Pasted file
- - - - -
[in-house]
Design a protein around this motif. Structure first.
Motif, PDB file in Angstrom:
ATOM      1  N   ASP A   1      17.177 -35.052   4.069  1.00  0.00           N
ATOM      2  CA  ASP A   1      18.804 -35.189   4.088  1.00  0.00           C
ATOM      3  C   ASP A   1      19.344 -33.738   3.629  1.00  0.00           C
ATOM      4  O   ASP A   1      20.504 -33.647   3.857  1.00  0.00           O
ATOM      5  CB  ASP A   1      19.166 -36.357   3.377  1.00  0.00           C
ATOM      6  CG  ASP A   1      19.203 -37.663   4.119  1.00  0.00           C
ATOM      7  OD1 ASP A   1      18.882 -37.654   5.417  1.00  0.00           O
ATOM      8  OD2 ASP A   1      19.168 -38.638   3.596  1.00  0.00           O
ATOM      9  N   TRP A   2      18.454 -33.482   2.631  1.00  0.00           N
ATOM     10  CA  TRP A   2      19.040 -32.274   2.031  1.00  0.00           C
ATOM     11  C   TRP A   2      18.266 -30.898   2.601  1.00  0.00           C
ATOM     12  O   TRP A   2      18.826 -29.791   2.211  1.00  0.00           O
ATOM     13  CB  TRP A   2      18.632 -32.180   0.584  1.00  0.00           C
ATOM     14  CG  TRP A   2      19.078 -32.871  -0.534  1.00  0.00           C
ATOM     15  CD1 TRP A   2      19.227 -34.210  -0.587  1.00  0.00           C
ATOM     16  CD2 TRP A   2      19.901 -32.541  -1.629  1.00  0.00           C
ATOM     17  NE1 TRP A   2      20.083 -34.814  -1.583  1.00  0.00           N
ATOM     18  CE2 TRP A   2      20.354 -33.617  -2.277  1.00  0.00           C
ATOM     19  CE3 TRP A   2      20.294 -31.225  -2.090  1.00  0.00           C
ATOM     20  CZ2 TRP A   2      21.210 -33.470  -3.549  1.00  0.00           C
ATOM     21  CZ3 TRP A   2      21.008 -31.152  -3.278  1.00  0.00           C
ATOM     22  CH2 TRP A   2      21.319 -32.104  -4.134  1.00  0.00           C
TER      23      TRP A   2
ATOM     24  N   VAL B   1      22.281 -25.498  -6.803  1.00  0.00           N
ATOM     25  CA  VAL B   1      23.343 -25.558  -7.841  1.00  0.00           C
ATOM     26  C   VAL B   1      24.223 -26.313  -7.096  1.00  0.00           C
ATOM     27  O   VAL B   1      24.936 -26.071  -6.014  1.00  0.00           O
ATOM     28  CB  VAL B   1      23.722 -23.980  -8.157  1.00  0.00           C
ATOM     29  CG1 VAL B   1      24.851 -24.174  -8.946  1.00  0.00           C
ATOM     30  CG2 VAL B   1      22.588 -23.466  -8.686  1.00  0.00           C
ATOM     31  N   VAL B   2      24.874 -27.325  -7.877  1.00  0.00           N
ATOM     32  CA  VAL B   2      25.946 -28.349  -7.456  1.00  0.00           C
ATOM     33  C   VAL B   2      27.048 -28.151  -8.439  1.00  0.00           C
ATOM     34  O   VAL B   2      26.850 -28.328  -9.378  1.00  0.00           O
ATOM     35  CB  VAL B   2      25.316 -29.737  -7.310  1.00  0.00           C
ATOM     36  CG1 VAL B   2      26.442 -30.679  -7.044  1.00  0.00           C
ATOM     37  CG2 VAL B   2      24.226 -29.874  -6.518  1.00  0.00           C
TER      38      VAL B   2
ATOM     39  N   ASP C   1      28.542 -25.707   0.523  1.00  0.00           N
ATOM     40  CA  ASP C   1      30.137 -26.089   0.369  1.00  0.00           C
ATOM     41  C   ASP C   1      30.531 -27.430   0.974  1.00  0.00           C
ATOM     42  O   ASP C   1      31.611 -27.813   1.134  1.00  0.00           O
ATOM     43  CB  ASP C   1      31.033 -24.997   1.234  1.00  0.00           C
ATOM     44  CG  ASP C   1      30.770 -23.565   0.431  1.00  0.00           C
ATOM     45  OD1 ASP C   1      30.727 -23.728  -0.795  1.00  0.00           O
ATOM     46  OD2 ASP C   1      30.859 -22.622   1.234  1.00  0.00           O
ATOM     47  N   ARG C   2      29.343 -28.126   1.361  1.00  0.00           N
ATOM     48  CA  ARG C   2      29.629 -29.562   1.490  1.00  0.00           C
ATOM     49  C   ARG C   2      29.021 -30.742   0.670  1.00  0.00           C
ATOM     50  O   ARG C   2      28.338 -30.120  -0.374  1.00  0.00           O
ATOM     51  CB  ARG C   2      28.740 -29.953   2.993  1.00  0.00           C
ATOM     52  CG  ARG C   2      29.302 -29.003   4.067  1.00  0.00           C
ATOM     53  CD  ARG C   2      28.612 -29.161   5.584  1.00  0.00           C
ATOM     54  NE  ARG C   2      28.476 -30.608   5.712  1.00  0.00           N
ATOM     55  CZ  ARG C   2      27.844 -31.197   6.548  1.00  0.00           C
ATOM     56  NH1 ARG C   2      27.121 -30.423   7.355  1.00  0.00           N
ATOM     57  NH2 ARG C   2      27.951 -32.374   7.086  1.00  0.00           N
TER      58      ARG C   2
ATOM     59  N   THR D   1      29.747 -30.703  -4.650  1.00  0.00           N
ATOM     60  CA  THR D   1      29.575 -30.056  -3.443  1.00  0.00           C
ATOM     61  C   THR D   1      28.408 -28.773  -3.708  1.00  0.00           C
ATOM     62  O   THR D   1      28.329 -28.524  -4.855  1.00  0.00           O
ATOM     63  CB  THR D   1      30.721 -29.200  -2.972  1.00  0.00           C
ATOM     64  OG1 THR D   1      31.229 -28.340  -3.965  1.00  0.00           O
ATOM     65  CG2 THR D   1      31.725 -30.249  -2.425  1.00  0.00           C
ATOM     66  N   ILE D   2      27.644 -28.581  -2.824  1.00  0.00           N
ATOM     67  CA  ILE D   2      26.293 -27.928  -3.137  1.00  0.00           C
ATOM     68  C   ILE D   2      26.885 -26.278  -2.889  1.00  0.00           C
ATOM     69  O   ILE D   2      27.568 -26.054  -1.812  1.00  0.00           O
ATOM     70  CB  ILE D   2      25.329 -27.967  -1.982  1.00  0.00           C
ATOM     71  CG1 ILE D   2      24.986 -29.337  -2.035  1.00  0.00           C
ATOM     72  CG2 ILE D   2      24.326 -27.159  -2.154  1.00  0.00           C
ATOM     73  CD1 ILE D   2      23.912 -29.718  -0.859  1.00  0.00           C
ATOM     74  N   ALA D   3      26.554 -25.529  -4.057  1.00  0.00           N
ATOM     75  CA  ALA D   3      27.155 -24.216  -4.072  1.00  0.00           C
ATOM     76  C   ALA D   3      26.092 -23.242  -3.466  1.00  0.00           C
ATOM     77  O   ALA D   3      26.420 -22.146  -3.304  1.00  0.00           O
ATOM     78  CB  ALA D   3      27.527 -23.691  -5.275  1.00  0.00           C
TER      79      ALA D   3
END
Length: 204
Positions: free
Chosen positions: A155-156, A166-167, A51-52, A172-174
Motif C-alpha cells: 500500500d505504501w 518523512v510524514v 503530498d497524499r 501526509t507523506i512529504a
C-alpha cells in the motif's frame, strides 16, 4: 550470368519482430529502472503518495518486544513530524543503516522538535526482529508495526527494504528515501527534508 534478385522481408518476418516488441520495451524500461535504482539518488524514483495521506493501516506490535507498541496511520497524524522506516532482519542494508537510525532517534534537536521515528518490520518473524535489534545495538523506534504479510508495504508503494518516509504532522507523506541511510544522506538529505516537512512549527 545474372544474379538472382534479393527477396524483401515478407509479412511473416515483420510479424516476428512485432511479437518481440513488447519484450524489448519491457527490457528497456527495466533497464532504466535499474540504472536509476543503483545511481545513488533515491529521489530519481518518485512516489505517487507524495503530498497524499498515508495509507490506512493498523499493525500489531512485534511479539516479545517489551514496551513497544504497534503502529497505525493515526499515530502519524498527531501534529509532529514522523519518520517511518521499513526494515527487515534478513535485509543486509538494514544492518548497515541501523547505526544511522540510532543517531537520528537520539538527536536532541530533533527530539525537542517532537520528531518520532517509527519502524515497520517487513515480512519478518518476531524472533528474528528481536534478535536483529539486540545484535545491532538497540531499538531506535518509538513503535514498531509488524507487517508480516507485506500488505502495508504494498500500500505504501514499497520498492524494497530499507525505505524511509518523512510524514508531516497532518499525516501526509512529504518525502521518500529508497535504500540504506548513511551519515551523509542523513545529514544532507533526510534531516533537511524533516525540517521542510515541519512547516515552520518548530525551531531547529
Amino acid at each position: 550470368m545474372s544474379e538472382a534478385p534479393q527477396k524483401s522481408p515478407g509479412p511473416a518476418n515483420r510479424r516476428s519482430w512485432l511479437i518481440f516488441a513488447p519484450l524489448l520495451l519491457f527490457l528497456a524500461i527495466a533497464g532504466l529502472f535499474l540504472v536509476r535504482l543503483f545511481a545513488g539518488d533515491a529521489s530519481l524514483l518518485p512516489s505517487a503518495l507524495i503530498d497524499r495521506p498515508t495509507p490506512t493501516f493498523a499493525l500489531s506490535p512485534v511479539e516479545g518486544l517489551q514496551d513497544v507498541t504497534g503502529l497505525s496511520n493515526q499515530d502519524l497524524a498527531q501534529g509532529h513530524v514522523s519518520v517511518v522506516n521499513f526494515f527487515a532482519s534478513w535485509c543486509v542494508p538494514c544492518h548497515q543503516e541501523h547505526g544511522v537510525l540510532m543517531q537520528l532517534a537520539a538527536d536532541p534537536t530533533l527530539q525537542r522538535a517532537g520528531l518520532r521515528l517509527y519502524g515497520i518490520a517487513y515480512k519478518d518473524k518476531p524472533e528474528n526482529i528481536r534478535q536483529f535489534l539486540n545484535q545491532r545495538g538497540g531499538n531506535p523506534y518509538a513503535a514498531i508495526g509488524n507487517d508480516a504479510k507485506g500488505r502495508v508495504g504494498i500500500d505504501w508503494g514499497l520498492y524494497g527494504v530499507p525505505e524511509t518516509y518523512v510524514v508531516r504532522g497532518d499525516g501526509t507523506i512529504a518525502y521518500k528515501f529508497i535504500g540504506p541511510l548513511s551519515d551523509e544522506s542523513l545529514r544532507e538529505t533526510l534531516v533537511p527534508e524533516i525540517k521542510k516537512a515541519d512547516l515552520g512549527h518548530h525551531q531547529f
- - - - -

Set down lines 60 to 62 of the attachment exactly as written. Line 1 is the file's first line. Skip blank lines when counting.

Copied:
ATOM     57  NH2 ARG C   2      27.951 -32.374   7.086  1.00  0.00           N
TER      58      ARG C   2
ATOM     59  N   THR D   1      29.747 -30.703  -4.650  1.00  0.00           N